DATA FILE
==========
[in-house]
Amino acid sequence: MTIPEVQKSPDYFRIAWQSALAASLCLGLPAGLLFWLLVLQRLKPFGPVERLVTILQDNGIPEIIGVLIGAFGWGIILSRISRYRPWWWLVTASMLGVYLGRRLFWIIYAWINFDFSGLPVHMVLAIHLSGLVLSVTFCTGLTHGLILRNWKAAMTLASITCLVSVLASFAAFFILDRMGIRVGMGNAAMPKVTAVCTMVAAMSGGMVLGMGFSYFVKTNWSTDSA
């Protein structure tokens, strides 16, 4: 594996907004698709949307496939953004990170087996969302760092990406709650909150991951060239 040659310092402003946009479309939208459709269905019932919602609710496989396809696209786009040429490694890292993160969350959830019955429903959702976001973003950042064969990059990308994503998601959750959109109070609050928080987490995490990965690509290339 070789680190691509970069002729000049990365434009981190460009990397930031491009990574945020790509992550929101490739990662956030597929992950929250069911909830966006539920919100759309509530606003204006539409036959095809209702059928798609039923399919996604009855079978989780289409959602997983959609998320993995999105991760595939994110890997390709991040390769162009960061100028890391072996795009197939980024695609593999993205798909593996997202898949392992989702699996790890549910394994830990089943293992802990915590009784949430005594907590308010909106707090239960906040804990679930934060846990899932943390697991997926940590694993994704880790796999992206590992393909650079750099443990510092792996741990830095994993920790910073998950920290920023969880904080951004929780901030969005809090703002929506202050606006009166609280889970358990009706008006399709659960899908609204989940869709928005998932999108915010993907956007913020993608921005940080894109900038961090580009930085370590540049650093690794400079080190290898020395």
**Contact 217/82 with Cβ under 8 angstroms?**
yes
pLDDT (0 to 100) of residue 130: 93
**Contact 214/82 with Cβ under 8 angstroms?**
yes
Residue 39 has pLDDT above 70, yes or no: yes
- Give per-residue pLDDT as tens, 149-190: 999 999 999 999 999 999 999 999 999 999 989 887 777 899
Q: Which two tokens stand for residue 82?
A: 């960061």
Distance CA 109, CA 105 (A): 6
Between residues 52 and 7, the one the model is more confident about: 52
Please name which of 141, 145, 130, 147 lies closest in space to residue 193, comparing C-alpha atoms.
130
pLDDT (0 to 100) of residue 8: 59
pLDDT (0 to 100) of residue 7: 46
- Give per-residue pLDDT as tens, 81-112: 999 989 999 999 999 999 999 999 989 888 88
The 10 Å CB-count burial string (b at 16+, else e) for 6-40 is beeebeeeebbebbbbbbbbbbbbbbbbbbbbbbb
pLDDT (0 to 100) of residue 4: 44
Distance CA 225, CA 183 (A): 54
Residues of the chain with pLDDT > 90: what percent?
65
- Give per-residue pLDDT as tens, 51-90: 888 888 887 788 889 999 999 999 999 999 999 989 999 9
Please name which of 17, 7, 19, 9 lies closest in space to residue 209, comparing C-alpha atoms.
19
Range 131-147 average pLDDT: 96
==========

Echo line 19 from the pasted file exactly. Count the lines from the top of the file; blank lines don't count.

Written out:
- Give per-residue pLDDT as tens, 81-112: 999 989 999 999 999 999 999 999 989 888 88